‘To be greatly and effectively wicked a man needs some virtue.’
–C.S. Lewis, The Screwtape Letters
‘…with aberrant killers, people resist the concept of a shared humanness. That’s because US and THEM is far more comfortable.’
–Gavin DeBecker, The Gift of Fear
Antagonists can come in several flavors. One is the well-intentioned, perhaps even sympathetic character whose goals clash with the goals of the protagonist, or who is using morally questionable means to reach an admirable end. Another is the self-centered and unsympathetic character who wants the protagonists out of the way and opposes their goals, but adheres to some moral code and has a readily understood motivation. Finally, there is the villain as monster, a character who has crossed appalling moral boundaries and cannot be seen as sympathetic. These villains are the hardest to develop realistically, and are the main subject of this post.
‘Monsters’ exist in real life. History shows us far too many people who energetically enslaved, slaughtered, and terrorized their fellow human beings. It’s temping to imagine that these individuals are so deeply abnormal as to be inhuman caricatures of purposeless evil, something that none of us could understand. The more confusing and disturbing reality, of course, is that people who commit atrocities are no more or less human than anyone else; the unsuspecting neighbors of the terrorist or the serial killer standing before news cameras, lamenting that ‘he seemed so quiet and normal’, is a trope for a reason.
Instead of handing your Evil Overlord a cute dog and call it a day, you can use the juxtaposition between depravity and apparent normalcy to create a genuinely unsettling villain. Even if you don’t choose the ‘banality of evil’ route, it’s important to develop the villain’s motivation around consistent internal logic. Their goals or beliefs may be objectively counterfactual and destructive, but they have to make complete sense to your villain.
Even if you are not writing historical fiction, it is highly instructive at this point to break out your history books. It is both chilling and enlightening to read accounts from and about those who committed horrific crimes against their fellow humans and felt justified in doing so. Although the specifics do matter greatly as to whether society and posterity deem a particular act of violence as justified, there are some common patterns, none of which are mutually exclusive:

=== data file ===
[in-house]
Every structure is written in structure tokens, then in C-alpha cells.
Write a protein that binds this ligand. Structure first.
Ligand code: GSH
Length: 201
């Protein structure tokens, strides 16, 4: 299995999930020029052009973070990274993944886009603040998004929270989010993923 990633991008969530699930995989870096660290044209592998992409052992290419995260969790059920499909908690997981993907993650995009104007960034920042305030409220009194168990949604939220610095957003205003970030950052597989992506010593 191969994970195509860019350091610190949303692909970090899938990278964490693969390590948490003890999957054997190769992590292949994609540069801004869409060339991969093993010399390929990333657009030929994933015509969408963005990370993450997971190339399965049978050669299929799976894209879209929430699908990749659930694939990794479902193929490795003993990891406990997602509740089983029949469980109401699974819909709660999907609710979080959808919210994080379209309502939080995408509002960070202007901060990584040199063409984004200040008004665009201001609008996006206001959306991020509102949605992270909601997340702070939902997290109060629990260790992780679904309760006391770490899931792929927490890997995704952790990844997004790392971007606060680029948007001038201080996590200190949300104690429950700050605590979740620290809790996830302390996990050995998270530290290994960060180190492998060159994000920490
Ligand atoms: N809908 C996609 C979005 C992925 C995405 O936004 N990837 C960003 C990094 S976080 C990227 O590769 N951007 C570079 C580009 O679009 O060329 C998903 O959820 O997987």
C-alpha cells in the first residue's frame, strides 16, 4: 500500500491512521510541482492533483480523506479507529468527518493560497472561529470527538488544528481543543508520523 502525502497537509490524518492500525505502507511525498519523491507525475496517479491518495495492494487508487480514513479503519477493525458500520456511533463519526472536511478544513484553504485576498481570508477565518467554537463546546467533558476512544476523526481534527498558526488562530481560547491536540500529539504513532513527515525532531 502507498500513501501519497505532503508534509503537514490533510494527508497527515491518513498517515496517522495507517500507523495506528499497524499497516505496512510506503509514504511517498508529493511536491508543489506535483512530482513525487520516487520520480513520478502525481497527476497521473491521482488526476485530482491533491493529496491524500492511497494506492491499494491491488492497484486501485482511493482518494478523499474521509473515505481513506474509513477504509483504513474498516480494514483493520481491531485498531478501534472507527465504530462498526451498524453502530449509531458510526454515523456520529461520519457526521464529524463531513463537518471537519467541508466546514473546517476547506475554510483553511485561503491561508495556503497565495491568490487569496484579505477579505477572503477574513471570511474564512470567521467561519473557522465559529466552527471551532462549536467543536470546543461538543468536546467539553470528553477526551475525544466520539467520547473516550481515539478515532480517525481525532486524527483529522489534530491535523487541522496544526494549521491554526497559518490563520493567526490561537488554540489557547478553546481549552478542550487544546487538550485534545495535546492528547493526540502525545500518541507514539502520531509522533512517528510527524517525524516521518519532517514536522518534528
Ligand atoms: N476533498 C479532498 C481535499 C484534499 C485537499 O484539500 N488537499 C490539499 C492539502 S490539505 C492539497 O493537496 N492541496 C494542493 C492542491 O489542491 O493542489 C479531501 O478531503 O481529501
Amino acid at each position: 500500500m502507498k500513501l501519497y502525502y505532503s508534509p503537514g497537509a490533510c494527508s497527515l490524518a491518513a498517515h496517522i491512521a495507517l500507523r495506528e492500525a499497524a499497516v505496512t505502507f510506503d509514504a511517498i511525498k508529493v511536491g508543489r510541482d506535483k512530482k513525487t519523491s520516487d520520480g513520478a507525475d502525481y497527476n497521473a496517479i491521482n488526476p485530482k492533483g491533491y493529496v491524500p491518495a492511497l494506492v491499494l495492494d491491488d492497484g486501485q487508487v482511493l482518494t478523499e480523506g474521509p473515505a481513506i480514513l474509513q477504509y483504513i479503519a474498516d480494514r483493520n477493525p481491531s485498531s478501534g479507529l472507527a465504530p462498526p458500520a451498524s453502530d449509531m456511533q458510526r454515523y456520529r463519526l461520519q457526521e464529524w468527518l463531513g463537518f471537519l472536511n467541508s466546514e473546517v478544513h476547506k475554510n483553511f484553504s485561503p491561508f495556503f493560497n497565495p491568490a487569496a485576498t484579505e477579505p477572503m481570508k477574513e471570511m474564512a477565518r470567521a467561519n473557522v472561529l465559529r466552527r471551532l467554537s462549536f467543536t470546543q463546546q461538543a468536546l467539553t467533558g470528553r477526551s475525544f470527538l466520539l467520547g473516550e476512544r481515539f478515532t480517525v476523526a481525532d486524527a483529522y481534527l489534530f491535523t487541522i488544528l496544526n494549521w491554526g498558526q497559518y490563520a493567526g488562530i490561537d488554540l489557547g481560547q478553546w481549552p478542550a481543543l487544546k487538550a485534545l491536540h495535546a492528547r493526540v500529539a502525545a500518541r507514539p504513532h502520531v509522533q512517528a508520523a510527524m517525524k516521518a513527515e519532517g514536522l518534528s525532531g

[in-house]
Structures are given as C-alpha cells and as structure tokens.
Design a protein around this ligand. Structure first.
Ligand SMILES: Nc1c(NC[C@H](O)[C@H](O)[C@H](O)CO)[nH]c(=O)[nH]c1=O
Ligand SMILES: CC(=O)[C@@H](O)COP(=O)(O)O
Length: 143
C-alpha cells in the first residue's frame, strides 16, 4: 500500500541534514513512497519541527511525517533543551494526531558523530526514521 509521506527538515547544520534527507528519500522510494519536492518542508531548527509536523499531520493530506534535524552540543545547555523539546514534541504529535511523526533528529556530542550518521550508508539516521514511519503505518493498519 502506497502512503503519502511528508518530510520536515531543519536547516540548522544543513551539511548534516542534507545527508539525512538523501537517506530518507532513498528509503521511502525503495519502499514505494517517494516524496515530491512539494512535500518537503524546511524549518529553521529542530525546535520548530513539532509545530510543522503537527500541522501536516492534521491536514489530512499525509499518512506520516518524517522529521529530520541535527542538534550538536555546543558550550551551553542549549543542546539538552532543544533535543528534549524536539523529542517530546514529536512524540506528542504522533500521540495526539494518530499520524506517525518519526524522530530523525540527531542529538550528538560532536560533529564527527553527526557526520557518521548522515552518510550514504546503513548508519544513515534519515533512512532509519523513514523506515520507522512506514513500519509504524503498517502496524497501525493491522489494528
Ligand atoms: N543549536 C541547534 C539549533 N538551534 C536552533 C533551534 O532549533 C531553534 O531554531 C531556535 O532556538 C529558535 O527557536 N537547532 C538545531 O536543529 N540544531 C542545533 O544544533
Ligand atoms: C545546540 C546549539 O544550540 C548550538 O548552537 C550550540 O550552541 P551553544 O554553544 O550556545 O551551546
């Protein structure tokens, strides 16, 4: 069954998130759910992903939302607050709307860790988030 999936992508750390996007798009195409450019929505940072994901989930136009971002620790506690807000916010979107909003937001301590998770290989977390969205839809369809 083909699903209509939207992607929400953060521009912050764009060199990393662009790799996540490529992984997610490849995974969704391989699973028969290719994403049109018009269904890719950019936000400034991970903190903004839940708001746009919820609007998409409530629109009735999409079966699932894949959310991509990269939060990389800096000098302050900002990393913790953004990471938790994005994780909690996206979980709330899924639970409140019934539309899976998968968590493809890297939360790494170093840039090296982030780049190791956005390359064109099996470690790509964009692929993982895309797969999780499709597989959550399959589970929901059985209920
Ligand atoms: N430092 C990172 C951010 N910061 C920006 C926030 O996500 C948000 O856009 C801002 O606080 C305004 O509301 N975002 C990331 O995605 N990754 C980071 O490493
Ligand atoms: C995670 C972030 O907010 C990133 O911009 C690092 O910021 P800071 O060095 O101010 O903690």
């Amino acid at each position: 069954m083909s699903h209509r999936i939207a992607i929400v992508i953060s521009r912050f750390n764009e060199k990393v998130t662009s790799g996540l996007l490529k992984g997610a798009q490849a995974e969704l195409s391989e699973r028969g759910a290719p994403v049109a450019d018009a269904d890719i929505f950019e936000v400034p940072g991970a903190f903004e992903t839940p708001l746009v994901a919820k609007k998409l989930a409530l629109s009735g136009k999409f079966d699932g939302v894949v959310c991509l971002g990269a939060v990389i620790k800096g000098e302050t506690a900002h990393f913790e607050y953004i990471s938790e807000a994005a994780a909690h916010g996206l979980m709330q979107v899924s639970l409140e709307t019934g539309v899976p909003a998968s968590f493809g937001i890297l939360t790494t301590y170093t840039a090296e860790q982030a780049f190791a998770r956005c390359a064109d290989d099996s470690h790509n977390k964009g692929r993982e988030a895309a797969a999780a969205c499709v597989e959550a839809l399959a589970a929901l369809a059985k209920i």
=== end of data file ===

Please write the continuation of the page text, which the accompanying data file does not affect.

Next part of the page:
- The targeted group is framed as non-human, subhuman, or ‘born bad’, so that generally agreed-upon morality around violence against other humans is suspended. This is often backed up with psudoscience or conspiracy theories;
- The targeted group is framed as an existential threat to society;
- The targeted group is seen as unjustly possessing resources that rightfully belong to the group committing the violence;
- Violence against the targeted group is framed as being ‘for their own good’;
- Any resistance from the targeted group feeds back into justifications as to why this group is an acceptable target.
If you’re writing a ‘monstrous’ villain who is not a serial killer or otherwise extremely aberrant in their behavior*, it is a good idea to think about who is the Other in your world and why they are mistreated, and why your villain personally feels justified in persecuting them. Now link up that Other to your villain’s backstory and motivations, and show why they feel threatened by this group of Others, or see the Other as a disposable resource to use in pursuit of Important Villain Goals. Bonus authenticity points if the villain sees themselves as an underappreciated visionary who is making hard choices for the greater good. This kind of villain is terrifying, because they are in a position to rally more people around their terrible ideas and start a Villain Goals movement.
I don’t think it’s necessary– or in many cases, even a good idea– to make a monstrous villain sympathetic. But for the character to work, their motivations need to hold to an internal logic and make sense in the universe of the story.
*Note mentally ill people, in general, are only as violent as the general human population; some groups of mentally ill folks are actually less violent than the general population.